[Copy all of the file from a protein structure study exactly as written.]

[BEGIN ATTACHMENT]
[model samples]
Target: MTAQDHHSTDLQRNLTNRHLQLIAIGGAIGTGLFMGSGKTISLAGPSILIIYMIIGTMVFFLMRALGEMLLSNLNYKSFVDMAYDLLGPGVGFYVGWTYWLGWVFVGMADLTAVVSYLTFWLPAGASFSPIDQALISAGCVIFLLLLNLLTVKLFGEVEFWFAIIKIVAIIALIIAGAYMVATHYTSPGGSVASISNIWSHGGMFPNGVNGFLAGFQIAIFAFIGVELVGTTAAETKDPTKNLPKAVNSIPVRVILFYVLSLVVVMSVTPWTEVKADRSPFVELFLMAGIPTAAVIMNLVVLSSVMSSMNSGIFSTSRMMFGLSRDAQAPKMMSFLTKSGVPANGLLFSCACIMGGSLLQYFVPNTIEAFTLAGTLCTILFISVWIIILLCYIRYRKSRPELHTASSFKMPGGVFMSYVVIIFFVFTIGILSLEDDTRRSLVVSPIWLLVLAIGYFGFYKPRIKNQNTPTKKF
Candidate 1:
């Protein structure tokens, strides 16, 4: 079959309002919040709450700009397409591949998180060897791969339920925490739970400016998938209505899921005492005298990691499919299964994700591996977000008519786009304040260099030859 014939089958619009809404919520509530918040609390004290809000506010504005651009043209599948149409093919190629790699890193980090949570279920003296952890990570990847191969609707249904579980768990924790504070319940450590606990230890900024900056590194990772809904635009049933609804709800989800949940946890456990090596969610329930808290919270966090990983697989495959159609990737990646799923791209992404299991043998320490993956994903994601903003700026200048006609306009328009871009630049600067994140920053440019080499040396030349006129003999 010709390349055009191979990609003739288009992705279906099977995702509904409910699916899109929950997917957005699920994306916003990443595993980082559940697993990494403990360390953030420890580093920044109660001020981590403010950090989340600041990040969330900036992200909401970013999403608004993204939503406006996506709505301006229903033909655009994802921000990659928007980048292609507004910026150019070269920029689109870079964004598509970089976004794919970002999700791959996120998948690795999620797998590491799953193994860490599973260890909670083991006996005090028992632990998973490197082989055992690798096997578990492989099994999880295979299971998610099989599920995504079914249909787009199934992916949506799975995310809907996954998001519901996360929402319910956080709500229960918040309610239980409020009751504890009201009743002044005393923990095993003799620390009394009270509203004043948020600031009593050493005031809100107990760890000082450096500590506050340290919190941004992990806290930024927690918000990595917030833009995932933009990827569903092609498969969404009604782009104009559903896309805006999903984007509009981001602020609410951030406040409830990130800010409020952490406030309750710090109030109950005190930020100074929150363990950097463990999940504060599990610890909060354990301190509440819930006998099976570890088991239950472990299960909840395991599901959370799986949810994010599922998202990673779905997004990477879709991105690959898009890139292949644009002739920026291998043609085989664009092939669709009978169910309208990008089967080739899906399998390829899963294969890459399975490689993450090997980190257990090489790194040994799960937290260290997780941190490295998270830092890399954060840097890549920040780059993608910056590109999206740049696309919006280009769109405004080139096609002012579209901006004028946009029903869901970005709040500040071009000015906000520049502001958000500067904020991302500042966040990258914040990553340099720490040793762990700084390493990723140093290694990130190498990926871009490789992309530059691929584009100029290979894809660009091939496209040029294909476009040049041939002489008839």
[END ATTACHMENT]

[model samples]
Target: MTAQDHHSTDLQRNLTNRHLQLIAIGGAIGTGLFMGSGKTISLAGPSILIIYMIIGTMVFFLMRALGEMLLSNLNYKSFVDMAYDLLGPGVGFYVGWTYWLGWVFVGMADLTAVVSYLTFWLPAGASFSPIDQALISAGCVIFLLLLNLLTVKLFGEVEFWFAIIKIVAIIALIIAGAYMVATHYTSPGGSVASISNIWSHGGMFPNGVNGFLAGFQIAIFAFIGVELVGTTAAETKDPTKNLPKAVNSIPVRVILFYVLSLVVVMSVTPWTEVKADRSPFVELFLMAGIPTAAVIMNLVVLSSVMSSMNSGIFSTSRMMFGLSRDAQAPKMMSFLTKSGVPANGLLFSCACIMGGSLLQYFVPNTIEAFTLAGTLCTILFISVWIIILLCYIRYRKSRPELHTASSFKMPGGVFMSYVVIIFFVFTIGILSLEDDTRRSLVVSPIWLLVLAIGYFGFYKPRIKNQNTPTKKF
Candidate 1:
């Protein structure tokens, strides 16, 4: 079959309002919040709450700009397409591949998180060897791969339920925490739970400016998938209505899921005492005298990691499919299964994700591996977000008519786009304040260099030859 014939089958619009809404919520509530918040609390004290809000506010504005651009043209599948149409093919190629790699890193980090949570279920003296952890990570990847191969609707249904579980768990924790504070319940450590606990230890900024900056590194990772809904635009049933609804709800989800949940946890456990090596969610329930808290919270966090990983697989495959159609990737990646799923791209992404299991043998320490993956994903994601903003700026200048006609306009328009871009630049600067994140920053440019080499040396030349006129003999 010709390349055009191979990609003739288009992705279906099977995702509904409910699916899109929950997917957005699920994306916003990443595993980082559940697993990494403990360390953030420890580093920044109660001020981590403010950090989340600041990040969330900036992200909401970013999403608004993204939503406006996506709505301006229903033909655009994802921000990659928007980048292609507004910026150019070269920029689109870079964004598509970089976004794919970002999700791959996120998948690795999620797998590491799953193994860490599973260890909670083991006996005090028992632990998973490197082989055992690798096997578990492989099994999880295979299971998610099989599920995504079914249909787009199934992916949506799975995310809907996954998001519901996360929402319910956080709500229960918040309610239980409020009751504890009201009743002044005393923990095993003799620390009394009270509203004043948020600031009593050493005031809100107990760890000082450096500590506050340290919190941004992990806290930024927690918000990595917030833009995932933009990827569903092609498969969404009604782009104009559903896309805006999903984007509009981001602020609410951030406040409830990130800010409020952490406030309750710090109030109950005190930020100074929150363990950097463990999940504060599990610890909060354990301190509440819930006998099976570890088991239950472990299960909840395991599901959370799986949810994010599922998202990673779905997004990477879709991105690959898009890139292949644009002739920026291998043609085989664009092939669709009978169910309208990008089967080739899906399998390829899963294969890459399975490689993450090997980190257990090489790194040994799960937290260290997780941190490295998270830092890399954060840097890549920040780059993608910056590109999206740049696309919006280009769109405004080139096609002012579209901006004028946009029903869901970005709040500040071009000015906000520049502001958000500067904020991302500042966040990258914040990553340099720490040793762990700084390493990723140093290694990130190498990926871009490789992309530059691929584009100029290979894809660009091939496209040029294909476009040049041939002489008839």